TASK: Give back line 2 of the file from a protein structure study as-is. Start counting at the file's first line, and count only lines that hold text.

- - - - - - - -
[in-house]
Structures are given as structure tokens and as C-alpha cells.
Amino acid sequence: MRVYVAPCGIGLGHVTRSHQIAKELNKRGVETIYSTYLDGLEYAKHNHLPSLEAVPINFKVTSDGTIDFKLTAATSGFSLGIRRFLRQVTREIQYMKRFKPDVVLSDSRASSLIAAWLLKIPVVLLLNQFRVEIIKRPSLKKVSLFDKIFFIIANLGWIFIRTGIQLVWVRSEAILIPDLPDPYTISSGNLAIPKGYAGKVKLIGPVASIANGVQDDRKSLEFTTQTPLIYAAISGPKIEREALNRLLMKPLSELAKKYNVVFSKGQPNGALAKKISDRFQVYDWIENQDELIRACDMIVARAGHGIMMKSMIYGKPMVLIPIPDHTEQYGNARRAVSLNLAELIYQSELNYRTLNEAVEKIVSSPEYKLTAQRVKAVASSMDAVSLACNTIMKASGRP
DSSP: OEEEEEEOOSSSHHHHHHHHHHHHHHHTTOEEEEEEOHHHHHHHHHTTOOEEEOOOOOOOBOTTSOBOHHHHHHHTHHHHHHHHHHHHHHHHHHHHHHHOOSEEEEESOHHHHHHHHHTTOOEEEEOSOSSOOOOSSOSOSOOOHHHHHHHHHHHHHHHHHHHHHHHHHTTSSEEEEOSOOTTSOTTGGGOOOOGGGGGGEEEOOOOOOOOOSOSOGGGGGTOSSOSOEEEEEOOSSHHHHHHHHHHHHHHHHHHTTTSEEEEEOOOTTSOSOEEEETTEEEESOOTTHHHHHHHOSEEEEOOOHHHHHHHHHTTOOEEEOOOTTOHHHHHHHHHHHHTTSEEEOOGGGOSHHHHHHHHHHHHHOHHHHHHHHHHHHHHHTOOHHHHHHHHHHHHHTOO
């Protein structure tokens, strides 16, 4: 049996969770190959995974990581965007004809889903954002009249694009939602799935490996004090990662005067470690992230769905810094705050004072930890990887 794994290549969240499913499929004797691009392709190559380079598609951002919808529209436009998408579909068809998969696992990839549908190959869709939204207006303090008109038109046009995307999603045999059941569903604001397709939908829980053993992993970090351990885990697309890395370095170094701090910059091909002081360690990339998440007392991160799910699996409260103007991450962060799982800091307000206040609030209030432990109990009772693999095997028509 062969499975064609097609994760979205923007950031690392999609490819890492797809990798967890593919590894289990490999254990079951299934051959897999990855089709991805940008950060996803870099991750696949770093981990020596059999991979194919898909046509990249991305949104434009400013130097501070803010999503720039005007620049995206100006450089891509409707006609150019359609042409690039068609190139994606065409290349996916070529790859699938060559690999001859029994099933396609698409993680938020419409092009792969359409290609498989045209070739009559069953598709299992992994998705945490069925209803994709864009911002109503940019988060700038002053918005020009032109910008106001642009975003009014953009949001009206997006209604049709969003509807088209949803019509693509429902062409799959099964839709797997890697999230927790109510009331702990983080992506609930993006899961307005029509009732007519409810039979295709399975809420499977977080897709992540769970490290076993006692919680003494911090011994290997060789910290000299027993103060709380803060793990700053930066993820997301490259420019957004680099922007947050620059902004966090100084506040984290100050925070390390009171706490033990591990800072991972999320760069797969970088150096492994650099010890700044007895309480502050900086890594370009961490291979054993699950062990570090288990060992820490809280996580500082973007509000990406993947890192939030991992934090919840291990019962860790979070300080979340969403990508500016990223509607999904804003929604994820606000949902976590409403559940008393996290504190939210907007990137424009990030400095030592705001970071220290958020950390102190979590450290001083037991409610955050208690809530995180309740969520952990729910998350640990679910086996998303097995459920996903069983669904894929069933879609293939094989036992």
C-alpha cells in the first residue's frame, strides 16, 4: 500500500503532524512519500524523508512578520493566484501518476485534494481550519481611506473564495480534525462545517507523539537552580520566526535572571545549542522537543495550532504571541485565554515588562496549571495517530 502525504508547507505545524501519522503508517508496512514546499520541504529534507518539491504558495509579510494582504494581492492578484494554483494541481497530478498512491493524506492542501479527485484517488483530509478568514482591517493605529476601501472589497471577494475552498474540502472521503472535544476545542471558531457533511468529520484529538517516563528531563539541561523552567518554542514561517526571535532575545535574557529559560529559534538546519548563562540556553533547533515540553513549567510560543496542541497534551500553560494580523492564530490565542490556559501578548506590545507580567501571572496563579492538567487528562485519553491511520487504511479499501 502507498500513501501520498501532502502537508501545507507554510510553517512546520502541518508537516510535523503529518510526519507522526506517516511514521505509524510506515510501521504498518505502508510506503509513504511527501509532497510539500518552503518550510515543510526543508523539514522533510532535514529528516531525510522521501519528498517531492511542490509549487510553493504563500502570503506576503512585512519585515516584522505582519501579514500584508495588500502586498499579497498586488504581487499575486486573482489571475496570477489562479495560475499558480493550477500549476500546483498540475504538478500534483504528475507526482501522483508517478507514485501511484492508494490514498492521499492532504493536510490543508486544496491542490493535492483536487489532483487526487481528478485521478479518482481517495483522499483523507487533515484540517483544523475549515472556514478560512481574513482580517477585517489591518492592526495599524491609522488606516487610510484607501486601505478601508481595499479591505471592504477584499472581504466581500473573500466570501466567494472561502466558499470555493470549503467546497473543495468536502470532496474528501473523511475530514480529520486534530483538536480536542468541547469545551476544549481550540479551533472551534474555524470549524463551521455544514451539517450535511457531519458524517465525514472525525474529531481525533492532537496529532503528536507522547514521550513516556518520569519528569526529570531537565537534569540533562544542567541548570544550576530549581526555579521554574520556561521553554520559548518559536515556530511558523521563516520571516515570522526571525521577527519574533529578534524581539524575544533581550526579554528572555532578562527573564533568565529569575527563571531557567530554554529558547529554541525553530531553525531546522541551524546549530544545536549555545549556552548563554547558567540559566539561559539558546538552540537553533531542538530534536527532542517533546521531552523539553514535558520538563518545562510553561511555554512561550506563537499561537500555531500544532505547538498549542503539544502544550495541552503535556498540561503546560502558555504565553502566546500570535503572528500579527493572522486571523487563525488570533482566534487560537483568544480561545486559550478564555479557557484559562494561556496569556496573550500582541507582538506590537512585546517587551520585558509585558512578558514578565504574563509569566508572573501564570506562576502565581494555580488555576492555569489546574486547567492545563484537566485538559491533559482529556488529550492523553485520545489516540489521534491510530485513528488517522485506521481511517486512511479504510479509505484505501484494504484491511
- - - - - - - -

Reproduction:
Structures are given as structure tokens and as C-alpha cells.